I think grandparents must be God’s gift to frazzled, overwrought and exhausted parents.  My set even provides door-to-door pick-up and delivery.  I buckle the girls into the back seat of their car, wave goodbye and watch them drive off.  As I turn to go into my quiet house, my clean house, my kid-free house, an incredible feeling of relief and lightness comes over me.  The weekend yawns before me. Ahhh, time. Time to remember who I am. To sit in the sun; to drive with the top down and feel the wind in my hair; to listen to music; to read a book; to enjoy a glass of wine and have a conversation with my husband; to meet a friend for coffee.  I reflect on The-Time-Which-Must-Not-Be-Named and I pulse with reminiscence, aching for the mother I was trying to be, rejoicing for the mother who got through it.

Now, when I’m tired, I rest.  When I’m hungry, I eat.  When I’m discouraged, I reach for support. When I’ve lost my smile, I stop taking life so seriously and go have some fun.  I try to schedule regular tune-ups rather than waiting until my brakes fail, my battery dies, or my oil turns to sludge and clogs my engine.  It doesn’t take much to keep me humming along smoothly, I just need to pay attention, to slow down and enjoy the ride.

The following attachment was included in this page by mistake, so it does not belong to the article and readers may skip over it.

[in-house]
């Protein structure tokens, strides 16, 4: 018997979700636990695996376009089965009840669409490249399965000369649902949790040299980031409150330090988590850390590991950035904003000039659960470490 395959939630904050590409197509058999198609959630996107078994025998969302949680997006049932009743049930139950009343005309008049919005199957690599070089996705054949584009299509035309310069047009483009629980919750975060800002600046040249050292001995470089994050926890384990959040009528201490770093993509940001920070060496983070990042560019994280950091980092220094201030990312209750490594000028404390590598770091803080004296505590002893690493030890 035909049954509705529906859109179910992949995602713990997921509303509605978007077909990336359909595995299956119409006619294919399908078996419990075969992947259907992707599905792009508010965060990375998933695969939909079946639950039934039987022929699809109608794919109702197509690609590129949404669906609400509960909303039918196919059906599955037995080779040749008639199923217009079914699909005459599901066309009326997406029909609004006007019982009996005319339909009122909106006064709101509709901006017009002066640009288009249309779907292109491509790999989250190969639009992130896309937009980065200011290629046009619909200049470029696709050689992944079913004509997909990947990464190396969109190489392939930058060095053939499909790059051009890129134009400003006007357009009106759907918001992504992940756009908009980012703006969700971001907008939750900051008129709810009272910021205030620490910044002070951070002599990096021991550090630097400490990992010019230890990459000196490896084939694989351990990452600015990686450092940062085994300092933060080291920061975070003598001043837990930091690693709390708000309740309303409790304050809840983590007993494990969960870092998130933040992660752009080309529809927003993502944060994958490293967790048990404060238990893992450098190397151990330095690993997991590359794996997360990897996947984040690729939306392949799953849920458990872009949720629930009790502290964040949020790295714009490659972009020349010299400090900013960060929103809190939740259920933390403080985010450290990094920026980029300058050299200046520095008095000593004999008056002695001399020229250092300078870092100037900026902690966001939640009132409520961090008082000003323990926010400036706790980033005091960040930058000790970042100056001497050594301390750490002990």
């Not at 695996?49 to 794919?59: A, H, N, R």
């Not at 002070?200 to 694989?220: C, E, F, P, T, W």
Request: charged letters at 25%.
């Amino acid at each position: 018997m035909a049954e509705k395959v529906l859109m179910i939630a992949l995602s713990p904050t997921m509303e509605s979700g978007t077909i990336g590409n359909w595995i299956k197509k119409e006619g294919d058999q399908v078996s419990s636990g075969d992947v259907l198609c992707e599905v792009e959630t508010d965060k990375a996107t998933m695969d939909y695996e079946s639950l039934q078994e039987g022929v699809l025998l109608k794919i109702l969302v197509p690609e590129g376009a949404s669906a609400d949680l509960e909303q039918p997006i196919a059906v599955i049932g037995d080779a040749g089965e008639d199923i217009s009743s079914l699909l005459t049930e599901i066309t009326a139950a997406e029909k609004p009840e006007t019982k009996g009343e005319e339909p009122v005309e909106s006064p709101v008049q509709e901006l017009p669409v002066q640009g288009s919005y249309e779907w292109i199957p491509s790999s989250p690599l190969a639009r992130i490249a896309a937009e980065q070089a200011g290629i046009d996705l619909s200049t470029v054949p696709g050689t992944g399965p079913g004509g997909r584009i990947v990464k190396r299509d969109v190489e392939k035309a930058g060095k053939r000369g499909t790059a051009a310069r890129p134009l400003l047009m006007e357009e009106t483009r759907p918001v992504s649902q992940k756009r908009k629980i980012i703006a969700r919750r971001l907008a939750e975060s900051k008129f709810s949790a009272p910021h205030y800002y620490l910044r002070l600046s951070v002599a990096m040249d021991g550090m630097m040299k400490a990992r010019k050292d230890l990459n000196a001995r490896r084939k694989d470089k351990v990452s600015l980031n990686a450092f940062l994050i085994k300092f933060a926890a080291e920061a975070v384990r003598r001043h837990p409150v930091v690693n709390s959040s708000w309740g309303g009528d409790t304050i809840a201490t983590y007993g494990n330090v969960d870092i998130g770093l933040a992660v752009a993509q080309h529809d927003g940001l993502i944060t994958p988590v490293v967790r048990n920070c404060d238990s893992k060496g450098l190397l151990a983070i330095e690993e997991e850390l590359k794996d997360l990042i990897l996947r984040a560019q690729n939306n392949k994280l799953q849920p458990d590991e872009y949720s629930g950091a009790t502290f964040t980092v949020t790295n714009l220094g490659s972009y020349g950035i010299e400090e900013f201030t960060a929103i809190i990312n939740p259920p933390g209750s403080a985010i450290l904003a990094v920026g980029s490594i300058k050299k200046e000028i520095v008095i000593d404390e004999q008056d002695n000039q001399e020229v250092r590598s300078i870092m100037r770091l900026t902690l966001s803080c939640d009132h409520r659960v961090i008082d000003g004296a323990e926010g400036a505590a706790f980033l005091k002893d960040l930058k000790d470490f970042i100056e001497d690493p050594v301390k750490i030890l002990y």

I still have ‘crappy mommy moments,’ as my friend, Jane calls them—times when I’m not a perfect mother, but I can forgive myself.  Several years ago when Haley was 5, we went head-to-head and she screamed, “I hate you!” (I know, right?  Just wait ‘til she’s 16). That night, as she was lying in bed, barely able to keep her eyes open, she said in a sleepy voice, “Mommy, I love you.  I love you after I hate you.  I love you forever because I’ll hate you again, but I’ll always love you.”  Yep.  That pretty much sums it up. ­